Massina's financial management ensured the firm's steady growth. Along with job printing it was sustained by popular publications which had originated in the 1860s. These included the Australian Melodist, a series of booklets of words of popular songs, and Clarson, Massina & Co.'s Weather Almanac and General Guide and Handbook for Victoria, to which a medical section was added and led to publication of Dr. L. L. Smith's Medical Almanac. The Colonial Monthly was a notable short-lived magazine issued in 1867 as a revamped version of the newly-acquired Australian Monthly Magazine. Clarke was again a contributor, as were Kendall and R. H. Horne. The magazine was sold in 1868 but the firm continued to print it. A notable later success was the collected poems of Adam Lindsay Gordon, published by A. H. Massina & Co. in 1877. It is known that Gordon owed the firm money for costs of printing his book Ashtaroth and Massina refused him a loan on the day of Gordon's suicide on 24 June 1870. Debate continues as to circumstances of Massina having rights to publish the poems.

In the early 1880s Massina's sons, William and Henry, joined the partnership. The decade saw a miscellany of new publications, ranging from The Australian Merino to Men and How to Manage Them. In addition the firm printed the Sportsman, then owned by Massina's friend S. V. Winter, and acquired by Massina in 1896. The light-weight Massina's Penny Weekly was issued from 1899 to 12 February 1901.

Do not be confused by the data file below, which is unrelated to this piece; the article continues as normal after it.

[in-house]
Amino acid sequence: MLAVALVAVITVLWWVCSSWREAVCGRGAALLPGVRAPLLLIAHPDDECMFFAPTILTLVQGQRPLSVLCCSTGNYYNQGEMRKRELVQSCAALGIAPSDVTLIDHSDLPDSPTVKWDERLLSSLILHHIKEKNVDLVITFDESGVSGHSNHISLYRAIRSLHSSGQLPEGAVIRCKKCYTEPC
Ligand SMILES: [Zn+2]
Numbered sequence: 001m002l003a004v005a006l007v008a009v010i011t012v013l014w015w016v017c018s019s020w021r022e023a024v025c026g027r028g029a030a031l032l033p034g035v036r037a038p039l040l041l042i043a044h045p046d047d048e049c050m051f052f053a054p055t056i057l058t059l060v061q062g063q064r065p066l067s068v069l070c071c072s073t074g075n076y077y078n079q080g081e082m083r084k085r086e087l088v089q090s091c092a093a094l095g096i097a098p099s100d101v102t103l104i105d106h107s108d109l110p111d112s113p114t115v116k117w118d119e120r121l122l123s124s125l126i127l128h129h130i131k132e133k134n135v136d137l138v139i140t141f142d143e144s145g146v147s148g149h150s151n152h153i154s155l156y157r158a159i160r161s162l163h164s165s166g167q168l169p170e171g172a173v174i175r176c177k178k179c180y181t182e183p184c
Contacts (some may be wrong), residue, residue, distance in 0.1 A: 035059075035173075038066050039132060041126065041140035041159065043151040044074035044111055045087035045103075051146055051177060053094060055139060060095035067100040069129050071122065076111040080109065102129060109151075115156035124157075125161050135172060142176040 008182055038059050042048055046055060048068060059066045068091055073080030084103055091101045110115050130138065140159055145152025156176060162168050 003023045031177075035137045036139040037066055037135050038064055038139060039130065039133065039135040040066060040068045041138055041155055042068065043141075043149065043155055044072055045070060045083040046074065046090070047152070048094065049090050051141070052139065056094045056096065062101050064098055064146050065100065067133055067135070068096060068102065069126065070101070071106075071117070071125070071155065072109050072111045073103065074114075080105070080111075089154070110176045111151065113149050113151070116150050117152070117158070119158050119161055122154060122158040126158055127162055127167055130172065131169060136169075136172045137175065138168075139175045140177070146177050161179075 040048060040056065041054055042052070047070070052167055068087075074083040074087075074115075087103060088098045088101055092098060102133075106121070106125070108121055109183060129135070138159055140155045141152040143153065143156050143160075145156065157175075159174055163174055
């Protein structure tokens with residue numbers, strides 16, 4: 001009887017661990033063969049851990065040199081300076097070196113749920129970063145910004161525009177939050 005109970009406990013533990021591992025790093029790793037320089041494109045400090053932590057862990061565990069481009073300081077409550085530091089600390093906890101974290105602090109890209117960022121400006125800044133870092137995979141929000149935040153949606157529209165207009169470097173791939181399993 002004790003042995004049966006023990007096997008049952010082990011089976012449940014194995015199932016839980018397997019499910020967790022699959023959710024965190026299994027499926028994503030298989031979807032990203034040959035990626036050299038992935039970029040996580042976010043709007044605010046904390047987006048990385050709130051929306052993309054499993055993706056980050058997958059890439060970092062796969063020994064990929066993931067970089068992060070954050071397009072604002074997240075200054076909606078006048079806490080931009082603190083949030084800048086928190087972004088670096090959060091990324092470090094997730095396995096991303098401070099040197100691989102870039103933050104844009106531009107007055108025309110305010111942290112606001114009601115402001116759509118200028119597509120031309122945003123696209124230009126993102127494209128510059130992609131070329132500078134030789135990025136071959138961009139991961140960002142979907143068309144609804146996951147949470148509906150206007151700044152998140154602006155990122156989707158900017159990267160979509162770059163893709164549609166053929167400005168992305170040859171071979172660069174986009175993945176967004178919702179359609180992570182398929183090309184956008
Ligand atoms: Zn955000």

In 1891 Massina visited the United States and England. His observations led to A. H. Massina & Co. installing Victoria's first linotype machine in 1894. Its worth being proven, the machine was introduced to the Herald in 1895. By then he had released management of A. H. Massina & Co. to his son Alfred Lionel, and had given increasing attention to the Herald. Winter's Melbourne Newspaper Co. had obtained control of the Herald in the early 1870s and Massina is reputed to have given periodic financial support. He and William Baillieu were directors who saw the Herald through the financial crisis of the early 1890s, and Massina was chairman by 1902.